So you think official websites shouldn't be linked in articles or in Wikidata? The "official website" template was once nominated for deletion ([13], and there was strong consensus to keep it. And if you think companies you dislike shouldn't have their sites linked, that's probably incompatible with NPOV. As for "high risk of misuse", all you can find is another edit by the same person at the same time as the diff I linked, twelve years ago (and on another article that hasn't had much spam - the log for that article only shows two attempts to add a Twitter link in 2017). Peter James (talk) 15:13, 31 December 2019 (UTC)
There are several options such as local whitelisting of an about page or simply adding the site information as raw unlinked text to show the official website in main articles on project level. GermanJoe (talk) 21:25, 31 December 2019 (UTC)
@Peter James and GermanJoe: Yes, WD SHOULD have the data. However, that will disturb all wikis that use the data from WD onto their pages (up to 800+ mediawiki wikis). As argued elsewhere on this page whitelisting/excluding the top domain (here) is, IMHO, a very bad idea. Whitelisting on WD is a bit less of a bad idea (as it enables linking on WD and hence would block any other wiki that uses WD, and enables the same technical possibility to evade the whole spam-blacklist completely). I do not see at this time any reasonable solution except for a technical change in the MediaWiki software through a high-priority phab ticket. Sorry. --Dirk Beetstra T C (en: U, T) 11:20, 14 January 2020 (UTC)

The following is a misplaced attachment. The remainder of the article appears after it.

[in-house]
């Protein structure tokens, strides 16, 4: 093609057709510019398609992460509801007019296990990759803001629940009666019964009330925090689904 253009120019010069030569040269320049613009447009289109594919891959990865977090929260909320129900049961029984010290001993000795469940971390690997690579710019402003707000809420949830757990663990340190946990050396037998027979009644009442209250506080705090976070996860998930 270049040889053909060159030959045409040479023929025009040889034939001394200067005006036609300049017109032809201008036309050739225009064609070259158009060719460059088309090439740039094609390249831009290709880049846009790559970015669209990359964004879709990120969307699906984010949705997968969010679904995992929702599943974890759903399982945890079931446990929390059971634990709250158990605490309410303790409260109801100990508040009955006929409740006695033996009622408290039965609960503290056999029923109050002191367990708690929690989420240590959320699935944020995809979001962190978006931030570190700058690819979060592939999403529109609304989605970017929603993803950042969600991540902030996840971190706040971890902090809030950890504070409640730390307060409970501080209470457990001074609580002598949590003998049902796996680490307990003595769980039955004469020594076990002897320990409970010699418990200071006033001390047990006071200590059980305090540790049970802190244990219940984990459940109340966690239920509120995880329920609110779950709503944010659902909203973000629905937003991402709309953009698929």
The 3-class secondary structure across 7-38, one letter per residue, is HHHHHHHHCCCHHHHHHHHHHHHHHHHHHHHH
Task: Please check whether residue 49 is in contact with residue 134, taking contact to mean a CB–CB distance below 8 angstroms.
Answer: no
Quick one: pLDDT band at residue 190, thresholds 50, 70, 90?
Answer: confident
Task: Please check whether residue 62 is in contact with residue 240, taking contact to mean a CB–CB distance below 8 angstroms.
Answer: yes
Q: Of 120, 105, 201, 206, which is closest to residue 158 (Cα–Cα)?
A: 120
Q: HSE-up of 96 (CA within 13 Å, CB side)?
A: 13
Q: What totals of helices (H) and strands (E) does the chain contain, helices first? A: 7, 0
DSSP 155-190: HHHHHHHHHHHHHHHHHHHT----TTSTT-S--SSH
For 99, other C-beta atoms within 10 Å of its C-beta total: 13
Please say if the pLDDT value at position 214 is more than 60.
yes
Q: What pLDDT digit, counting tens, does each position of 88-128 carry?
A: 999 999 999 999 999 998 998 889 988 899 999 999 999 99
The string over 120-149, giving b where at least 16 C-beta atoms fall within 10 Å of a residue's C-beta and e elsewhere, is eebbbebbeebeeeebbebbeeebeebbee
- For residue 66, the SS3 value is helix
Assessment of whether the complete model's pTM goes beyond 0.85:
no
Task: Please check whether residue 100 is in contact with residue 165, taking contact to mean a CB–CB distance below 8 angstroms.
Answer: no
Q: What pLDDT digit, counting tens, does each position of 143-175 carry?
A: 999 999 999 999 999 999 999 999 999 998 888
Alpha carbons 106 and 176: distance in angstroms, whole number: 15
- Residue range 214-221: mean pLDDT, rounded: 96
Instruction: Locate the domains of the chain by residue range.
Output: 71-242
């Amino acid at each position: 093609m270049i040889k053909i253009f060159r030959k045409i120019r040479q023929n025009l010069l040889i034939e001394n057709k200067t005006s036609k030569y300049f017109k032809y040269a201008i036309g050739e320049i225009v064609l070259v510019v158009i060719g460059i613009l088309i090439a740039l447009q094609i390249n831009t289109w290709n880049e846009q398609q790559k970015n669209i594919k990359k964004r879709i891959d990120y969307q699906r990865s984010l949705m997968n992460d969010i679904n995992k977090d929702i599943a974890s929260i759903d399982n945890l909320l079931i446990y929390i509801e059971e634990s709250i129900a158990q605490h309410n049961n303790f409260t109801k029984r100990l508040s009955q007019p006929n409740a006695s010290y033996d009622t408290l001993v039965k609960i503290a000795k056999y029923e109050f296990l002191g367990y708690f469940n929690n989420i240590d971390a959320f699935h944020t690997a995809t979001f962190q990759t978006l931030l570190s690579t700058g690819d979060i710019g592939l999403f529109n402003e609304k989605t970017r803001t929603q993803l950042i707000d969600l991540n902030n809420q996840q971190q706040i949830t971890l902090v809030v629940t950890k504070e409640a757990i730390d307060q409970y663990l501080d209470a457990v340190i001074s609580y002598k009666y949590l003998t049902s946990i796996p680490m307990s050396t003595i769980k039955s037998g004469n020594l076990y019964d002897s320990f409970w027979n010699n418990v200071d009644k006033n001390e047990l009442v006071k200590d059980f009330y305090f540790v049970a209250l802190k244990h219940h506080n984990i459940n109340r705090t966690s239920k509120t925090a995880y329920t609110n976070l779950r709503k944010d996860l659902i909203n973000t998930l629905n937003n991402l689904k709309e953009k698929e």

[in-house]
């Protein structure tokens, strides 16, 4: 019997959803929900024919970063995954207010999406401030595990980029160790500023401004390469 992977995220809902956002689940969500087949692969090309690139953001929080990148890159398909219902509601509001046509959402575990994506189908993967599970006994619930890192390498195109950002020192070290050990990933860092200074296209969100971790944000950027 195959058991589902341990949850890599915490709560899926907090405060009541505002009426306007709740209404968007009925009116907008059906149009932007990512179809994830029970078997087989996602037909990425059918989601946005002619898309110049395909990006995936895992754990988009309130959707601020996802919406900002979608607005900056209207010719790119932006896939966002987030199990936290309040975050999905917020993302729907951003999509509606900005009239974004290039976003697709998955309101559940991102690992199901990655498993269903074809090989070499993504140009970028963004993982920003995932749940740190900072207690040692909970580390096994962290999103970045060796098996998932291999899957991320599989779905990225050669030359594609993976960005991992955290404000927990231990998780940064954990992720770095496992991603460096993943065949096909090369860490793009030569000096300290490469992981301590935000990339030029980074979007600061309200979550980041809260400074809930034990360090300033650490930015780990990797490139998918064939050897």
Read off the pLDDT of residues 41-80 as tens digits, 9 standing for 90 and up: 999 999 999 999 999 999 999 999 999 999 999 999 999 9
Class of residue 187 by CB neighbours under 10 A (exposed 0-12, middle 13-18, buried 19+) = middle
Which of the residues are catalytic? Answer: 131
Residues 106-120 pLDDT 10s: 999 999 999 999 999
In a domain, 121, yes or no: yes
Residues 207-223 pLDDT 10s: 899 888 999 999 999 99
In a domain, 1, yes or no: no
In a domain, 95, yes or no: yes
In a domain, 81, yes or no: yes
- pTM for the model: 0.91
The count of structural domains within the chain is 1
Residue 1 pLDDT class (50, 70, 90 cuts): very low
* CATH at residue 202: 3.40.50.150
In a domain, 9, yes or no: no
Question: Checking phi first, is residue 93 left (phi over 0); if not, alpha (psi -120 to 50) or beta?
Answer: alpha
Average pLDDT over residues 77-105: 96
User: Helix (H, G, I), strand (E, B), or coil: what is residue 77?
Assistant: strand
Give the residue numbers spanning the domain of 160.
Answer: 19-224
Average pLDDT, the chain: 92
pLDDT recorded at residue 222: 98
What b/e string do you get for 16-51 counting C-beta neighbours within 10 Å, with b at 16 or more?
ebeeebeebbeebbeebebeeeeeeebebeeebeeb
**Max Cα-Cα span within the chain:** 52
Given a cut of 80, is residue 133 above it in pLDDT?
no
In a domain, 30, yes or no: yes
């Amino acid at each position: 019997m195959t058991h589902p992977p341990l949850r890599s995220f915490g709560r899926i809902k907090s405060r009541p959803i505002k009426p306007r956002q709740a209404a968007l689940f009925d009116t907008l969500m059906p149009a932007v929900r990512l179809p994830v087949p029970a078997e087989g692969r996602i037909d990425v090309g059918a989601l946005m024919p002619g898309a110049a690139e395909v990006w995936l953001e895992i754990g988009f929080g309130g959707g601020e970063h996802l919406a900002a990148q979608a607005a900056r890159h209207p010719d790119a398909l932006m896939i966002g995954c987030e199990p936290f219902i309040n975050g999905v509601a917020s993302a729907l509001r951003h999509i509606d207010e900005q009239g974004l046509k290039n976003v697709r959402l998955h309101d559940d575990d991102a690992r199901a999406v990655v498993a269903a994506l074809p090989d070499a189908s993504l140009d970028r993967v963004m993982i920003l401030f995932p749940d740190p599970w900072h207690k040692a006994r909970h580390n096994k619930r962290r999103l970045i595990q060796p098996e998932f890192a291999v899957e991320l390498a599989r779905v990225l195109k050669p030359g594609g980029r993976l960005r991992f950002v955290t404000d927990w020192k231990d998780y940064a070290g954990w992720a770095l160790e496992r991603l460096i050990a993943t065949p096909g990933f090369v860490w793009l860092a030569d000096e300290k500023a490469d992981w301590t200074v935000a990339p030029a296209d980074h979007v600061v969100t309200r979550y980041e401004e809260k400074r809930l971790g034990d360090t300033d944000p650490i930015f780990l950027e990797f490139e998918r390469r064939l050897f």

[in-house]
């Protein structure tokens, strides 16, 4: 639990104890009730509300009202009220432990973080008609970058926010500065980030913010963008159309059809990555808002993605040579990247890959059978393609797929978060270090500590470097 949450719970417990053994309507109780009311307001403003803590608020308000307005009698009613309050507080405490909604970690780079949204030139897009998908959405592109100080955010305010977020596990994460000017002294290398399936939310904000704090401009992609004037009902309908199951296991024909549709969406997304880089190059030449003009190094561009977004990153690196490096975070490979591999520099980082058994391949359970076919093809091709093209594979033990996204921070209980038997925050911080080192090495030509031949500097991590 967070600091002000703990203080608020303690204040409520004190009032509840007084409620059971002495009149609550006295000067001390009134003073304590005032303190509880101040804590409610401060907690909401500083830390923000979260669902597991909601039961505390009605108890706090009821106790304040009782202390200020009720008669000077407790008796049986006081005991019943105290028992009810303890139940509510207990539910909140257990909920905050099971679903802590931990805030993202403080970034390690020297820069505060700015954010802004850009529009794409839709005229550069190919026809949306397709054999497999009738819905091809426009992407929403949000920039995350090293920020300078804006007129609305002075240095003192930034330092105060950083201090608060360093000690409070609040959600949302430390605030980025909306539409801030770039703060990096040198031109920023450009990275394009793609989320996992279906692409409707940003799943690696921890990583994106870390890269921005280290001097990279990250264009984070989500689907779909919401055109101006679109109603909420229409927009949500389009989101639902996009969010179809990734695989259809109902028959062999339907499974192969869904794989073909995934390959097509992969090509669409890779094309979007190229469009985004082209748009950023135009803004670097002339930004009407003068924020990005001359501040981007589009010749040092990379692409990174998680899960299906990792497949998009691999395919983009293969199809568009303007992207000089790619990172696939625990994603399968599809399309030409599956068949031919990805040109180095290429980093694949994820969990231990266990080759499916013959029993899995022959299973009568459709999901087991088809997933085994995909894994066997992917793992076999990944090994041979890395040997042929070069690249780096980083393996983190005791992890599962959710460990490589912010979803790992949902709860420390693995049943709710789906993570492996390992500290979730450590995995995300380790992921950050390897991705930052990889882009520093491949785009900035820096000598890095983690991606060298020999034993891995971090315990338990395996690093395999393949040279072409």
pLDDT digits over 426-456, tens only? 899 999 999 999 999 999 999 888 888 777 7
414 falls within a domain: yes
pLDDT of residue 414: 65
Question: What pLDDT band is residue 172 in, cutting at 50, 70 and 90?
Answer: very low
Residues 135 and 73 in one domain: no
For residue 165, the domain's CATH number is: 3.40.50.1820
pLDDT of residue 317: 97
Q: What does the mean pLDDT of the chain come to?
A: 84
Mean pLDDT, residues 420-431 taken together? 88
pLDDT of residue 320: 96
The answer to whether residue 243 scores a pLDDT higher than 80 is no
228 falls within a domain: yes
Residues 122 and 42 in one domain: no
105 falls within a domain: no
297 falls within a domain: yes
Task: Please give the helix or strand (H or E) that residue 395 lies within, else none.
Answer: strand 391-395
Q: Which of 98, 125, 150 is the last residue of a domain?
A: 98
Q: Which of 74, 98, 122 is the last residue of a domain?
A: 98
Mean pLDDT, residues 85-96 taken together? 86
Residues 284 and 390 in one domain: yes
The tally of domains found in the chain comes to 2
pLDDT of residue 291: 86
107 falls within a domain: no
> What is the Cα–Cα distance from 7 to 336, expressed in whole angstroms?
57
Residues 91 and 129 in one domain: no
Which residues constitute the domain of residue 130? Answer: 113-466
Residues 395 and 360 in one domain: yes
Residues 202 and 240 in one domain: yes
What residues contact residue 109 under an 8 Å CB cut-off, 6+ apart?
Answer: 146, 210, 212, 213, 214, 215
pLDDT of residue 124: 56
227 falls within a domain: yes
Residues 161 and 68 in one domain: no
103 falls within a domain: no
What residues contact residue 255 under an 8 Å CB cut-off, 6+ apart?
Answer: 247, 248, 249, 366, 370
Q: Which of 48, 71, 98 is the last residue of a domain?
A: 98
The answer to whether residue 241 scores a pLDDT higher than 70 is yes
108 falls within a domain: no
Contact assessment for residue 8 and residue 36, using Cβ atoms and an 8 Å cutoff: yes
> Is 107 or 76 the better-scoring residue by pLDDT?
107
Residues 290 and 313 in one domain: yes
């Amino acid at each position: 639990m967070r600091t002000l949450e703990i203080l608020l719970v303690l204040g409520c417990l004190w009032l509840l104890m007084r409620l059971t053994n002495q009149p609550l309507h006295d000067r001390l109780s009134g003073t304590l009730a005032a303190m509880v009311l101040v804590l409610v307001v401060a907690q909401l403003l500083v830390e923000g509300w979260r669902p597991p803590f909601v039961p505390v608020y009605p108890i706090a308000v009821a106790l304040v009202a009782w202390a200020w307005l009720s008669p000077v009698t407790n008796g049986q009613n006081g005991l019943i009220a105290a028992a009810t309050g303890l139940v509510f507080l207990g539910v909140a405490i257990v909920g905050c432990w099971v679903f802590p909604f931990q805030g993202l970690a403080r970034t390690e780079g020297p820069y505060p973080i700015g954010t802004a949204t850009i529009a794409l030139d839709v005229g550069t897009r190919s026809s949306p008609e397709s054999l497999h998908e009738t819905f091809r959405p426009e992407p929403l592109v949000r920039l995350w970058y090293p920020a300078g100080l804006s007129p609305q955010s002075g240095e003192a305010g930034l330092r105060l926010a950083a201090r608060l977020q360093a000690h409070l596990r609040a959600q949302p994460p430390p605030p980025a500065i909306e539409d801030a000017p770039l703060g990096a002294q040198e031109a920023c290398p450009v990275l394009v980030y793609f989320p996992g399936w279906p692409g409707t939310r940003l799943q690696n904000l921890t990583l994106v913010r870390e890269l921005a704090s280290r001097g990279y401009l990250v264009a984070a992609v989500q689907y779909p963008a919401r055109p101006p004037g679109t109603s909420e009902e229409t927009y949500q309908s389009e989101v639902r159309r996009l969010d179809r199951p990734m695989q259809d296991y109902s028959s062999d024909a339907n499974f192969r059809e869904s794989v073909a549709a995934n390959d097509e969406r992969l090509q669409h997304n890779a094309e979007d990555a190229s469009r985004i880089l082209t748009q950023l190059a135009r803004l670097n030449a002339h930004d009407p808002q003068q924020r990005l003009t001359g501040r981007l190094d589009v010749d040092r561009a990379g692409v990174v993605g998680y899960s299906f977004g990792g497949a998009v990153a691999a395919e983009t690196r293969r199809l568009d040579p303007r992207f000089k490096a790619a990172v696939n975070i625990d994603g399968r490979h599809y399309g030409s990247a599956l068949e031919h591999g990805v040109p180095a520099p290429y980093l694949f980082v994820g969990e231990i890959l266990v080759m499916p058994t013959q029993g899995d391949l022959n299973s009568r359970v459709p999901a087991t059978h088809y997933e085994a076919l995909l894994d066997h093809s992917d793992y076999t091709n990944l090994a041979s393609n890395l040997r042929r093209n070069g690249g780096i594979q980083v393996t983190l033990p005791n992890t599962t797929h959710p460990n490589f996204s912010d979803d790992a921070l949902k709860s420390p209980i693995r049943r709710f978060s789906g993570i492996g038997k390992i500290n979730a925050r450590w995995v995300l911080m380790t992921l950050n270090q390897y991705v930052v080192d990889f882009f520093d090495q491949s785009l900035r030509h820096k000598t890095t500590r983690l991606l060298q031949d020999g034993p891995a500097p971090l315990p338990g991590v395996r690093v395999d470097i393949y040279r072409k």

The solution is in the guidelines at the top of the spam blacklist and its talk page: "Only blacklist for widespread, unmanageable spam" (with the exceptions mentioned) and "we de-blacklist sites when trusted, high-volume editors request the use of blacklisted links because of their value in support of our projects". Peter James (talk) 13:53, 14 January 2020 (UTC)